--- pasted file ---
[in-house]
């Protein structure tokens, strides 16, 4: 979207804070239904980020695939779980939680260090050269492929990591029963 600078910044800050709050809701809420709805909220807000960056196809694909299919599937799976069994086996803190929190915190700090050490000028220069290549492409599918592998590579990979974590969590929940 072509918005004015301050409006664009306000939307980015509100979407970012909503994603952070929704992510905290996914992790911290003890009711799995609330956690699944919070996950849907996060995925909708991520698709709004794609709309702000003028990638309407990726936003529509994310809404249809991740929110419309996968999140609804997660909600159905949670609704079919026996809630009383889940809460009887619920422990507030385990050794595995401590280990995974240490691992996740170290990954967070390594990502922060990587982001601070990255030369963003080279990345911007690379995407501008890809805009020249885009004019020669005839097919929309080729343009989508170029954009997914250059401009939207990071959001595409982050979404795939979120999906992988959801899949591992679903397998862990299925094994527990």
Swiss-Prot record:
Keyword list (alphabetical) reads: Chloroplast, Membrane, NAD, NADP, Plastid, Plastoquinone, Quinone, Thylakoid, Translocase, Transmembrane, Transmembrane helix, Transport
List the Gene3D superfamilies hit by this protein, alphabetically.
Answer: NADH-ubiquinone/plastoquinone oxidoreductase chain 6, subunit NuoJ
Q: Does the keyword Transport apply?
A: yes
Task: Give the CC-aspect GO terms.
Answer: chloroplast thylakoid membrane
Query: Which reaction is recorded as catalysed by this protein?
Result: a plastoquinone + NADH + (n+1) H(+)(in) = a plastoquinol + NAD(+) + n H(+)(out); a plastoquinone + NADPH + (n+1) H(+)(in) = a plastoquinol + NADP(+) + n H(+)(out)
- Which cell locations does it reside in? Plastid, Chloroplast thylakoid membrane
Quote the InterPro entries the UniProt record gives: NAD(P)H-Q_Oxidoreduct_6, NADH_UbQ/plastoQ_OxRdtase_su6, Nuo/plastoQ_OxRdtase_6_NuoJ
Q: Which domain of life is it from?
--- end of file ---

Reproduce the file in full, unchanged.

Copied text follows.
[in-house]
């Protein structure tokens, strides 16, 4: 979207804070239904980020695939779980939680260090050269492929990591029963 600078910044800050709050809701809420709805909220807000960056196809694909299919599937799976069994086996803190929190915190700090050490000028220069290549492409599918592998590579990979974590969590929940 072509918005004015301050409006664009306000939307980015509100979407970012909503994603952070929704992510905290996914992790911290003890009711799995609330956690699944919070996950849907996060995925909708991520698709709004794609709309702000003028990638309407990726936003529509994310809404249809991740929110419309996968999140609804997660909600159905949670609704079919026996809630009383889940809460009887619920422990507030385990050794595995401590280990995974240490691992996740170290990954967070390594990502922060990587982001601070990255030369963003080279990345911007690379995407501008890809805009020249885009004019020669005839097919929309080729343009989508170029954009997914250059401009939207990071959001595409982050979404795939979120999906992988959801899949591992679903397998862990299925094994527990």
Swiss-Prot record:
Keyword list (alphabetical) reads: Chloroplast, Membrane, NAD, NADP, Plastid, Plastoquinone, Quinone, Thylakoid, Translocase, Transmembrane, Transmembrane helix, Transport
List the Gene3D superfamilies hit by this protein, alphabetically.
Answer: NADH-ubiquinone/plastoquinone oxidoreductase chain 6, subunit NuoJ
Q: Does the keyword Transport apply?
A: yes
Task: Give the CC-aspect GO terms.
Answer: chloroplast thylakoid membrane
Query: Which reaction is recorded as catalysed by this protein?
Result: a plastoquinone + NADH + (n+1) H(+)(in) = a plastoquinol + NAD(+) + n H(+)(out); a plastoquinone + NADPH + (n+1) H(+)(in) = a plastoquinol + NADP(+) + n H(+)(out)
- Which cell locations does it reside in? Plastid, Chloroplast thylakoid membrane
Quote the InterPro entries the UniProt record gives: NAD(P)H-Q_Oxidoreduct_6, NADH_UbQ/plastoQ_OxRdtase_su6, Nuo/plastoQ_OxRdtase_6_NuoJ
Q: Which domain of life is it from?